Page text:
Therefore, we aim at designing, evaluating, and implementing behavioral change strategies and technologies that support the adaptation to climate change-related health impacts in Europe and sub-Saharan Africa. The specific objectives are:

  1. To design an integrated agro-biodiversification and nutrition intervention for rural Burkina Faso and Kenya to reduce child undernutrition in small-scale, subsistence farming families, and to project the potential of such adaptation strategy for the future;
  2. To systematically review climate change policies for West Africa, determine their implementation in Burkina Faso, and define key factors at different levels of the agricultural system that support the implementation;
  3. To identify viable passive housing adaptation technologies to reduce indoor heat with proven health benefits, and
  4. To develop heat action plans for communities and practitioners in Germany.     


The mitigation of climate change constitutes one of the greatest opportunities for human health. When executed wisely, ambitious actions to combat climate change can bring along substantial health co-benefits. These include massive support of active transportation to reduce the risks for cardio-metabolic and respiratory diseases, and eating less ruminant meat, dairy products, and processed foods to lower the risks for cardiovascular diseases, diabetes and colorectal cancer.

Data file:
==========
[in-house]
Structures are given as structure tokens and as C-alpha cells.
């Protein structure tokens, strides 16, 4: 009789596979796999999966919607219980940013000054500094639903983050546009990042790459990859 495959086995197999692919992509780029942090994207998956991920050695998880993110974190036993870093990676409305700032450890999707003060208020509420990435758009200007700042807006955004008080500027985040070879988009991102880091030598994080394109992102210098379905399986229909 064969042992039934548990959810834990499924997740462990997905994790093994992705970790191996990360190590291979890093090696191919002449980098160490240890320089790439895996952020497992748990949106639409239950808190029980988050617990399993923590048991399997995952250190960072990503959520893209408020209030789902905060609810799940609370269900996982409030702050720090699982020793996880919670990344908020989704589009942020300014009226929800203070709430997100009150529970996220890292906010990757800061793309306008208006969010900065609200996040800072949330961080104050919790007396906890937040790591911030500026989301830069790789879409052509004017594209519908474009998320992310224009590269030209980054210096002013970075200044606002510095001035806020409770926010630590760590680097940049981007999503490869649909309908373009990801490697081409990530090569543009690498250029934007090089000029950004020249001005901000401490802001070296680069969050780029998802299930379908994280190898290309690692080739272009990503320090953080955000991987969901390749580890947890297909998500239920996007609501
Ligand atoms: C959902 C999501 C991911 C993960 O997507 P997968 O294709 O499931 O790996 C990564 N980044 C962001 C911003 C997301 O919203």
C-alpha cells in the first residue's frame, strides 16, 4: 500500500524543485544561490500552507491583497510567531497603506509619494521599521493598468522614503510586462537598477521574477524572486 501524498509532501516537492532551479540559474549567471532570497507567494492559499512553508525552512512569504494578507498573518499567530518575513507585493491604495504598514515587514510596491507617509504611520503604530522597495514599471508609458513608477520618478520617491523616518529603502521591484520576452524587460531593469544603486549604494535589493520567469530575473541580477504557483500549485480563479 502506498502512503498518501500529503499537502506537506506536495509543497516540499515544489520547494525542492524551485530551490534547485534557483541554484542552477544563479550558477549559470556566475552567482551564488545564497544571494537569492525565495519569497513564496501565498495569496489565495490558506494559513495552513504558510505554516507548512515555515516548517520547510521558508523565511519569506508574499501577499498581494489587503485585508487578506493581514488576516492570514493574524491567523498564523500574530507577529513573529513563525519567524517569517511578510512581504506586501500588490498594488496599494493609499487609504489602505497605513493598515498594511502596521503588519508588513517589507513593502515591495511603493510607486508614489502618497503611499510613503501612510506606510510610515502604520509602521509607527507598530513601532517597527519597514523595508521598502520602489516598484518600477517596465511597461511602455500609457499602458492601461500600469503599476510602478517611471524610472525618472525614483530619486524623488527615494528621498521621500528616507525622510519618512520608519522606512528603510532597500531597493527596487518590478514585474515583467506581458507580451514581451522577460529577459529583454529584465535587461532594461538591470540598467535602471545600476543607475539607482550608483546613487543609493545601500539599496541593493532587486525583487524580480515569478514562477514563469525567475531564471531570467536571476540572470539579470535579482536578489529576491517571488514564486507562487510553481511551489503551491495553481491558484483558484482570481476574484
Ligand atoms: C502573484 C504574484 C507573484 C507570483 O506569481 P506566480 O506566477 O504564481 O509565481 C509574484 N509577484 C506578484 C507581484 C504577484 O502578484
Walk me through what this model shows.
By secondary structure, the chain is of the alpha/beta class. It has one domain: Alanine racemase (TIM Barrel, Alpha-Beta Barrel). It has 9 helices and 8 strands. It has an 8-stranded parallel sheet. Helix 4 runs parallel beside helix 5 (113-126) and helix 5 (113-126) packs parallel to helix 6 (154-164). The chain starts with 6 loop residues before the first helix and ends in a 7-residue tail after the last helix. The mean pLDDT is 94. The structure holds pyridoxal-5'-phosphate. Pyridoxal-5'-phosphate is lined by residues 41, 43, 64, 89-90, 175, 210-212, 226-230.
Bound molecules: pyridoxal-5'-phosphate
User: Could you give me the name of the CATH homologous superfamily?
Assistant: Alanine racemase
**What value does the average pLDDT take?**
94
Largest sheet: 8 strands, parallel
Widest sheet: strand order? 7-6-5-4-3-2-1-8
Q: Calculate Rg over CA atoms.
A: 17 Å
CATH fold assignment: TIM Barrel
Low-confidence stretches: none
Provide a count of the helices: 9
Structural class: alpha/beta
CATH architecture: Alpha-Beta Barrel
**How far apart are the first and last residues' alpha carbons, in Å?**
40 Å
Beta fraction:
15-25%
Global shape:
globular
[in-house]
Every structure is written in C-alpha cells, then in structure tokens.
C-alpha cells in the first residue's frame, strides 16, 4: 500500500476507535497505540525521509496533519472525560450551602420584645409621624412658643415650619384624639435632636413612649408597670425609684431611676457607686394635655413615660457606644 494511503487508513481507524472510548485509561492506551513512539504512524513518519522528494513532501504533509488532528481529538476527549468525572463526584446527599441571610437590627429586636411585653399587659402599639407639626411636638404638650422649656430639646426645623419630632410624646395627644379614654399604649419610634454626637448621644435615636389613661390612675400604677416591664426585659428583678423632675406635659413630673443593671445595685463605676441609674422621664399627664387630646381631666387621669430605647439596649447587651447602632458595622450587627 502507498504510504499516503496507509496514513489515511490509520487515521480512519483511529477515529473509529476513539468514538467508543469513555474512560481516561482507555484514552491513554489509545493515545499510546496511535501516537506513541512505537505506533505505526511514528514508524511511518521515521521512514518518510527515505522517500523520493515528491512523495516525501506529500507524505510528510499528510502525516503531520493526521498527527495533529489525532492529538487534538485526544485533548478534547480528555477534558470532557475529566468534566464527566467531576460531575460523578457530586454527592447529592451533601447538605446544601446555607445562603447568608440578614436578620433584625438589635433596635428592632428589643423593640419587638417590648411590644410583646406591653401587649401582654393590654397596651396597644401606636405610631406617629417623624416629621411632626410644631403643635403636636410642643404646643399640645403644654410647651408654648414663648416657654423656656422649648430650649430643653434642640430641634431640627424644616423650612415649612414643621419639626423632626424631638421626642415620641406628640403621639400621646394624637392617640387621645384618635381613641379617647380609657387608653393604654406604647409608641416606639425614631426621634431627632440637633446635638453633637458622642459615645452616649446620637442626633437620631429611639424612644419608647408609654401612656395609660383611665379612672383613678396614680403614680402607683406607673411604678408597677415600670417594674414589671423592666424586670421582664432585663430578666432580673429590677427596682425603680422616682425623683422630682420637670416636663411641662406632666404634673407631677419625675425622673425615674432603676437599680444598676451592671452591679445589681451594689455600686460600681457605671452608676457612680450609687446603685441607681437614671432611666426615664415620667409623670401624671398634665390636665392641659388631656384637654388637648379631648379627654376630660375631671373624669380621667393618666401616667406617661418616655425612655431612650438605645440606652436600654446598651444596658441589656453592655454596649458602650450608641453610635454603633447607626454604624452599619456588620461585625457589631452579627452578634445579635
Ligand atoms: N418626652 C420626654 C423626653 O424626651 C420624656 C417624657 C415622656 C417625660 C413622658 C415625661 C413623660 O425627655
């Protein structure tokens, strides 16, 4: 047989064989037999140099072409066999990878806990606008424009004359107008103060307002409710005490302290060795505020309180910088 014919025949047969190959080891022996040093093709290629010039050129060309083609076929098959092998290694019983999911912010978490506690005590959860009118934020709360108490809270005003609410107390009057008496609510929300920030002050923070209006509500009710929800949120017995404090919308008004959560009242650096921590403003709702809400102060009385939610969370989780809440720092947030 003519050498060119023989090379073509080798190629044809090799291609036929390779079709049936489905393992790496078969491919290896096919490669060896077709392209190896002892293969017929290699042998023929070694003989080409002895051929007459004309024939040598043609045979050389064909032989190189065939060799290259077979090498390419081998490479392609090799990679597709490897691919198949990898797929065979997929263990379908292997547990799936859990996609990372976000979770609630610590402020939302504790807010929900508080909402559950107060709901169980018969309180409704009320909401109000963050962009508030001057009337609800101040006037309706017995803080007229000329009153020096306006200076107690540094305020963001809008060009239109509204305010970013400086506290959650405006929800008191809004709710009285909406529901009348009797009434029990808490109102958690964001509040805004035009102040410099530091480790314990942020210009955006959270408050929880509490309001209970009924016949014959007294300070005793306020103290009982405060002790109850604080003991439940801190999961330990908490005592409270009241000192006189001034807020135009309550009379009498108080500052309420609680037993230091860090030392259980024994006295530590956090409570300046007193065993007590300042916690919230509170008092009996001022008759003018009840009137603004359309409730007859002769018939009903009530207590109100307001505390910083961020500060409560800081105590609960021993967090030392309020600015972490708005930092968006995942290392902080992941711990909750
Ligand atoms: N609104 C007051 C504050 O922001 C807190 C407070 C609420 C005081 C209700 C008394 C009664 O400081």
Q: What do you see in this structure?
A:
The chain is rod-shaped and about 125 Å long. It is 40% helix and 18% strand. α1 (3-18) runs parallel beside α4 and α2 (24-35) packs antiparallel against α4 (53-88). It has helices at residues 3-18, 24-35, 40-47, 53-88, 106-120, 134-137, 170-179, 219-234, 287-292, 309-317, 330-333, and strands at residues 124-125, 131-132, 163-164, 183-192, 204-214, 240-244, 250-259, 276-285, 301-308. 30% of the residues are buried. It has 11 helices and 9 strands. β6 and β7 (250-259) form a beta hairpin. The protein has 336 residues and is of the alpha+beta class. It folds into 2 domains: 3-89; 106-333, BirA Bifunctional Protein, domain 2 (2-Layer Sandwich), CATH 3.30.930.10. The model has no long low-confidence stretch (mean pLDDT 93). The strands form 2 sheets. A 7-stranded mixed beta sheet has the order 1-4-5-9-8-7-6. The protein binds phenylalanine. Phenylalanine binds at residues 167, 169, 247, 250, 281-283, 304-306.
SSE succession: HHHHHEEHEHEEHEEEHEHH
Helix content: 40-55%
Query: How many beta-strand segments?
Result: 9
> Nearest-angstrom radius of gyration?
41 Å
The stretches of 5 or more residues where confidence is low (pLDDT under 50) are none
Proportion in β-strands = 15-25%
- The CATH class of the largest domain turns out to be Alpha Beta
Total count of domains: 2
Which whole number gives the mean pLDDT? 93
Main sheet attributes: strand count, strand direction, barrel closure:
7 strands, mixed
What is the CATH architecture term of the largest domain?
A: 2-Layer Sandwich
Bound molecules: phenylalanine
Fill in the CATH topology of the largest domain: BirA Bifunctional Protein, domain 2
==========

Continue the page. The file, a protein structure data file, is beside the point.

For low-income-countries, additional health co-benefits from climate change mitigation actions arise: Indoor air pollution due to cooking with charcoal kills 4 million people each year, mainly women and children. Several stove projects have been developed with mixed success to reduce toxic fumes from indoor cooking with biomass. In addition to health-damages, the smoke from cooking with biomass emits the highly climate-active short-lived pollutant “black carbon” or “soot”. Therefore, such mitigation measures seem promising to reduce emissions and at the same time save lives and improve health.

Therefore, we aim at identifying, evaluating and implementing strategies that mitigate climate change and confer health co-benefits. The specific objectives are:

  1. to establish the effectiveness of interventions that aim to reduce greenhouse gas emissions and promote health outcomes;
  2. to identify barriers and motivators of behavioral change towards a sustainable livelihood;
  3. to develop solutions to decarbonize the health sector; and
  4. to determine health co-benefits due to positive framing of climate change mitigation in public communication.